Victoria woman launches wrongful death lawsuit in death of son

Marney Mutch's home in James Bay is littered with framed photos of her son Rhett, but she can barely bring herself to look at them.

Twenty-year-old Victoria resident Rhett Mutch was shot and killed by police on Nov. 1

Twenty-year-old Victoria resident Rhett Mutch was shot and killed by police on Nov. 1

Marney Mutch’s home in James Bay is littered with framed photos of her son Rhett, but more than two years after his death, she can barely bring herself to look at them.

“Not a moment goes by when I don’t think about him. I can’t look at them (the pictures) straight because I’ll just crumble,” said Marney. “I can’t not think about him. Every waking moment he’s in my mind and I’m missing him incredibly.”

On Nov. 1, 2014, police were called to the Mutch’s home on Dallas Road, after Rhett entered the home, despite a court order that only allowed him to come by with his mother’s consent. According to an earlier report by the Independent Investigations Office of B.C. (IIO), the body responsible for investigating all officer-related incidents that result in death or serious harm, Rhett had threatened to harm himself with a knife.

Marney called 911 and officers arrived on scene. Officers tried speaking with Rhett in the living room, repeatedly asking him to put down the knife.

Officers reported that without warning, Rhett ran towards officers with the knife. One officer shot Rhett once with a bean bag shotgun, which had no affect. Then another officer fired another shot from a .45 caliber firearm, striking Rhett in the neck.

Officers attempted to cover the wound to stem the bleeding, initiated CPR and called for an ambulance, said the report. Rhett died shortly after in the ambulance.

In June, the IIO cleared the officer who fired the fatal shot of any wrongdoing. However, the investigation found “significant” issues and concerns regarding officer tactics, primarily related to a basic lack of adequate communication amongst and between the officers involved.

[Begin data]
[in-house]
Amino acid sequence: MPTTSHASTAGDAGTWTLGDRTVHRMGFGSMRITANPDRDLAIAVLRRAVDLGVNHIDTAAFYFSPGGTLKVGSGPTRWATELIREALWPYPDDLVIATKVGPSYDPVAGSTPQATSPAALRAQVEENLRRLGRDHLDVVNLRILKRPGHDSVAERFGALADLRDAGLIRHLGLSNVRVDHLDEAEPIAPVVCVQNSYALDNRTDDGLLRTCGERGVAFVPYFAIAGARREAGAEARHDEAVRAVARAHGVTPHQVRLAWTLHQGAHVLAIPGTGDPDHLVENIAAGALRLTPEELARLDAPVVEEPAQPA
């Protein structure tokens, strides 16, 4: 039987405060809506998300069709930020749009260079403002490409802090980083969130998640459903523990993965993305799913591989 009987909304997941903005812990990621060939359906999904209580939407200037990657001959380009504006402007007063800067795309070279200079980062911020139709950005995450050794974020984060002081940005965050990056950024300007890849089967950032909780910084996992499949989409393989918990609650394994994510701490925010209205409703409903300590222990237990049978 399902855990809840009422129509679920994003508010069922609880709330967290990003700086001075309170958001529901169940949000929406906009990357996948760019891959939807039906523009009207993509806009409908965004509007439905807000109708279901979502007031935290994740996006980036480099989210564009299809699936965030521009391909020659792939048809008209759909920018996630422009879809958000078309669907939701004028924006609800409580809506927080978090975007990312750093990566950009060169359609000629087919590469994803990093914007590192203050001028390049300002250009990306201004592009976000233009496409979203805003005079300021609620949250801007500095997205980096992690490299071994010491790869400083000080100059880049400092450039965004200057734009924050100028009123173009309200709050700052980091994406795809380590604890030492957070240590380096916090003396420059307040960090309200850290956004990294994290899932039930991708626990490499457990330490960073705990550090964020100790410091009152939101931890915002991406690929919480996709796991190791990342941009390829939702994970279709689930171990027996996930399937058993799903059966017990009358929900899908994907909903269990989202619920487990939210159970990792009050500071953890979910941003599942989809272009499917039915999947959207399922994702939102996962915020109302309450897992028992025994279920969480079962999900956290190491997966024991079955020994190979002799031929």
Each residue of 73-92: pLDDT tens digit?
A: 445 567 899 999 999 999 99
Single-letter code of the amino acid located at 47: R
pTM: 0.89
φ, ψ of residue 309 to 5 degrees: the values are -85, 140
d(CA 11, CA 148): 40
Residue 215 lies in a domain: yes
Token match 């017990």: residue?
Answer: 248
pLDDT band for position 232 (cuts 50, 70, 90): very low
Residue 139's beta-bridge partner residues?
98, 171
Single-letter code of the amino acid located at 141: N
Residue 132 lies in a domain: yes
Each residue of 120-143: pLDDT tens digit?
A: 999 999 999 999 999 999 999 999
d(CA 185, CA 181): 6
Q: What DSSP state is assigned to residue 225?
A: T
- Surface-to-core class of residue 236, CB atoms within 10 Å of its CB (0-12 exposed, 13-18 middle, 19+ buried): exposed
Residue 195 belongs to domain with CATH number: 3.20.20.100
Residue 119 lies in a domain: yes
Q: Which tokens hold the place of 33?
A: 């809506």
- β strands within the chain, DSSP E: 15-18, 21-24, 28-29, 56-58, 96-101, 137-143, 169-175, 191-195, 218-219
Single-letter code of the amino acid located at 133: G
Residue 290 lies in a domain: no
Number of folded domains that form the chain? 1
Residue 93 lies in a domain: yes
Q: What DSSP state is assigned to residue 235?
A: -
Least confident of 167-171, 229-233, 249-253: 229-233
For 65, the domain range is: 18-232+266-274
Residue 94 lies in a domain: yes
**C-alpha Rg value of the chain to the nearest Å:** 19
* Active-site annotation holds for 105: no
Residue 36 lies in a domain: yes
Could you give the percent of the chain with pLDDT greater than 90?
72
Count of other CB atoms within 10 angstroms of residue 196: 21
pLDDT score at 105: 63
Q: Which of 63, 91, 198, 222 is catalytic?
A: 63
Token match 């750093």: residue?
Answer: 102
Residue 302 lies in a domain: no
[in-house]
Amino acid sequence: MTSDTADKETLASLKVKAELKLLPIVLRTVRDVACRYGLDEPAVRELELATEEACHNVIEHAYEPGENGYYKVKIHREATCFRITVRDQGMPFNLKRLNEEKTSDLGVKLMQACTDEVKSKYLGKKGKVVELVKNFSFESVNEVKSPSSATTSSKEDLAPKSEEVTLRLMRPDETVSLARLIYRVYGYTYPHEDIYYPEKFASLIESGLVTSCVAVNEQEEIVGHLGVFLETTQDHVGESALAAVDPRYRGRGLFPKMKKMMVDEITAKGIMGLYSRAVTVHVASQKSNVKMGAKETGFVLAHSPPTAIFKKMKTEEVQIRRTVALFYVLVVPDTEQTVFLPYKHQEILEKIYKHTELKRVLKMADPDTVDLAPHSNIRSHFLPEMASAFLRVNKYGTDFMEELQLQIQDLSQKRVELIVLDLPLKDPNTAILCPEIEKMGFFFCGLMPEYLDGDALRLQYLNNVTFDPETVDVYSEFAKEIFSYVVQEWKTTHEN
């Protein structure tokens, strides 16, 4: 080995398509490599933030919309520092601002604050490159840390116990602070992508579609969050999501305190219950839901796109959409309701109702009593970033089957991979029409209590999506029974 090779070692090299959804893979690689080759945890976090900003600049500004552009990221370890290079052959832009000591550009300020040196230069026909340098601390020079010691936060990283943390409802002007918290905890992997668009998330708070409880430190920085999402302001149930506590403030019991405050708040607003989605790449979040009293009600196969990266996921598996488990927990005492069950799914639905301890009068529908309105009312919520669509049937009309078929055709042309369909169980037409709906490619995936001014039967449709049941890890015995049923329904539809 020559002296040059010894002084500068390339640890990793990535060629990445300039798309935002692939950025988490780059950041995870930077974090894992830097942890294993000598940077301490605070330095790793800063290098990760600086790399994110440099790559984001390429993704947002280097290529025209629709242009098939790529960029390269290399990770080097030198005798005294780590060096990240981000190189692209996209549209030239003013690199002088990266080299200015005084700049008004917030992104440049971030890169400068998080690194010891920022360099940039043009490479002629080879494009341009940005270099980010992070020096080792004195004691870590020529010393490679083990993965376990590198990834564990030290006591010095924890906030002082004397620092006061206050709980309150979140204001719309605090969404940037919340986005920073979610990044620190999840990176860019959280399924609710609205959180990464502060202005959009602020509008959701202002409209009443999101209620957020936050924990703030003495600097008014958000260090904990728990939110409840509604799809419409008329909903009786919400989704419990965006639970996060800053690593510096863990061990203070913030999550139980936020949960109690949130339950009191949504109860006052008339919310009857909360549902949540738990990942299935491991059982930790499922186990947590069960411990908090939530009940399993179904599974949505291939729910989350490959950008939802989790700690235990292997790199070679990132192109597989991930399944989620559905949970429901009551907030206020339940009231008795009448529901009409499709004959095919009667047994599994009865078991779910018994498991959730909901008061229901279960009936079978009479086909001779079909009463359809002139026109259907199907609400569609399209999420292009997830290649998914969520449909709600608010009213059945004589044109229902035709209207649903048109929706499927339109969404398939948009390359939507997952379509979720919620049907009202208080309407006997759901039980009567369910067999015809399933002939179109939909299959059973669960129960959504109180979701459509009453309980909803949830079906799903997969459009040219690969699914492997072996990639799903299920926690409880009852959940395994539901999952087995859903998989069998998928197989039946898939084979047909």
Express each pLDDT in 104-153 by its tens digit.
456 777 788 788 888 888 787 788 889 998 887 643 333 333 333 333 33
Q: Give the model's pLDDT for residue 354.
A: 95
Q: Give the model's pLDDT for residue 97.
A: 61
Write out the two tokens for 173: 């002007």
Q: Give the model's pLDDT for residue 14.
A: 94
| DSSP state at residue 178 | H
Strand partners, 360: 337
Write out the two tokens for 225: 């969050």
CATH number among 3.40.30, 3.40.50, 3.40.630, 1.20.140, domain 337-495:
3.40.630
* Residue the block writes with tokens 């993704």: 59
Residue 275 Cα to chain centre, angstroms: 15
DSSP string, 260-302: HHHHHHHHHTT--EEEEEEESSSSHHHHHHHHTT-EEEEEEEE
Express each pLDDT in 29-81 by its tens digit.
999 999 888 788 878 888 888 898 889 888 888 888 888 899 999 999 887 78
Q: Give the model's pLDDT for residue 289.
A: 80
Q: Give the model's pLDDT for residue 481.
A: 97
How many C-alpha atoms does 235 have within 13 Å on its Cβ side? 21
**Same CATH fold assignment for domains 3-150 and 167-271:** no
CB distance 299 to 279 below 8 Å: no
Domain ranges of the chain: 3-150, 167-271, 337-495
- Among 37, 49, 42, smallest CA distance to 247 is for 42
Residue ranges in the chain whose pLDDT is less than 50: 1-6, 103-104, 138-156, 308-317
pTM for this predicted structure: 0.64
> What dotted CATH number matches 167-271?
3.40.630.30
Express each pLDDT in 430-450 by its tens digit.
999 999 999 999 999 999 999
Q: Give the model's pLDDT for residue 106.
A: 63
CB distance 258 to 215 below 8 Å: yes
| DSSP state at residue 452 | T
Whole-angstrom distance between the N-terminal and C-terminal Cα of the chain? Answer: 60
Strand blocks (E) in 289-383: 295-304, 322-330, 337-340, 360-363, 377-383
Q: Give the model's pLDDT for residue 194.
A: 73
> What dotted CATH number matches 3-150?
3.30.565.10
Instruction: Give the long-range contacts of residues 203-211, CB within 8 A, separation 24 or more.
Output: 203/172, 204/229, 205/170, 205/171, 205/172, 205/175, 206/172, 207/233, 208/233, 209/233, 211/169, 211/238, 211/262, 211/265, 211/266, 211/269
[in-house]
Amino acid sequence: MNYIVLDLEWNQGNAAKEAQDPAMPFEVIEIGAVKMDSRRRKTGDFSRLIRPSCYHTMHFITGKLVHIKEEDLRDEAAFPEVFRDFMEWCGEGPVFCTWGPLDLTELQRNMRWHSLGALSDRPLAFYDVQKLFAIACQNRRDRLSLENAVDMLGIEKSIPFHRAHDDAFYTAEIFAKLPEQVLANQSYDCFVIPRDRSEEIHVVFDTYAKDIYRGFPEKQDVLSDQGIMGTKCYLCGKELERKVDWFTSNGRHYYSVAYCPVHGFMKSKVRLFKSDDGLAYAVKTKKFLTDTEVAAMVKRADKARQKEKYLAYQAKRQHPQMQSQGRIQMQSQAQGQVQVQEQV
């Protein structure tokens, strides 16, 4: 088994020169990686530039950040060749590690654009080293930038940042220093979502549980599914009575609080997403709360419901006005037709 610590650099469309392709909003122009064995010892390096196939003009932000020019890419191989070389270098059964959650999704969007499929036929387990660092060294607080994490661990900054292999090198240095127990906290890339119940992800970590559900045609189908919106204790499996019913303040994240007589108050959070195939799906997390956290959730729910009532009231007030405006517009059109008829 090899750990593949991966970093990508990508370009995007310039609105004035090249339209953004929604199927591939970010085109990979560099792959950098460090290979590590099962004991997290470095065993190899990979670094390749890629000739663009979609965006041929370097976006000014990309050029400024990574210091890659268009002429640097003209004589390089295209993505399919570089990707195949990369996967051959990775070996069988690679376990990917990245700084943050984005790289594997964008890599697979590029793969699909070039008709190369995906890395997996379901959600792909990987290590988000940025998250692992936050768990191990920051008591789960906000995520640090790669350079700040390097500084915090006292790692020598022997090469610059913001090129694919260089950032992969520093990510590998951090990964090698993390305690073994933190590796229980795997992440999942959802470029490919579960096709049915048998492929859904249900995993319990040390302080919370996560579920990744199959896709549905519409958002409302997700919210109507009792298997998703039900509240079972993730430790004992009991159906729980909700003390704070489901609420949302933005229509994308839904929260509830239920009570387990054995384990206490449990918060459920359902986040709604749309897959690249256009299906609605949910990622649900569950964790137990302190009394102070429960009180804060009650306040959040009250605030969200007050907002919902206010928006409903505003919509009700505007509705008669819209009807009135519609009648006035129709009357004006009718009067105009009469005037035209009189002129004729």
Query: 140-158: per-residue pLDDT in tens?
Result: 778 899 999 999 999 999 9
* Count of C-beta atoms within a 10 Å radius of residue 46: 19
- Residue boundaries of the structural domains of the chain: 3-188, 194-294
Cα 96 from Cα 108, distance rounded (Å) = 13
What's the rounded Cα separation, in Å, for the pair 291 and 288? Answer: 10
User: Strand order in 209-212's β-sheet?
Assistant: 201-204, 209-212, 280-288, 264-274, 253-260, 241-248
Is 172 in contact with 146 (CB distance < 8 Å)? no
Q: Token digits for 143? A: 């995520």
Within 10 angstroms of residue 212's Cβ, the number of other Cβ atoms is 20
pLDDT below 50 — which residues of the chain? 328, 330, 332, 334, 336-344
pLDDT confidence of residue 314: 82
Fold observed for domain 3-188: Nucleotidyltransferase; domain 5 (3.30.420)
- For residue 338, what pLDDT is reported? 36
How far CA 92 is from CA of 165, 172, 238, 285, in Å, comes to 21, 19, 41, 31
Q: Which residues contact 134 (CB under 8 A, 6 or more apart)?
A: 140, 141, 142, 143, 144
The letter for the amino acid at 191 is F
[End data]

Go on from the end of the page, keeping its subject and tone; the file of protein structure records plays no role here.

However, the investigation wasn’t enough for Marney, who filed a wrongful death lawsuit against the Victoria Police Department and the City of Victoria last week.

Marney painted a different picture of the young man who was shot and killed by police. She described Rhett as an old soul, sensitive and intuitive, who felt other people’s pain.

He would stay up late with his friends when they were sick or upset. He would be interested in their troubles and wanted to help them through their issues, and would often act as a big brother to the exchange students his mother helped house.

A lover of the restaurant Noodle Box, Rhett was also artistically talented, made plans to write a novel and go to medical school, Marney said.

Not a day goes by when Marney misses her only son and wishes she never made that phone call to police.

“It’s something I’ve got to live with for the rest of my life,” she said. “If I hadn’t made that call he’d still be alive. It’s a big burden to live with. I miss him everyday.”

In the document, Marney alleges her son was wrongfully killed by “negligent” officers, who failed to follow protocol in a use-of-force situation, that, had it been followed, would have not ended in her son’s death.

In the lawsuit, Marney is seeking damages for the wrongful death, as well as exemplary and punitive damages.

She further alleges the City of Victoria is “vicariously liable” for the actions of the officers.

“It’s not so much about the money as (they) robbed me of my only child,” she said. “(They) robbed me of parenthood and grandparenthood. There’s pain that I’ll never get over.”

None of the allegations have been proven in court. A statement of defence has not been filed.

 

 

 

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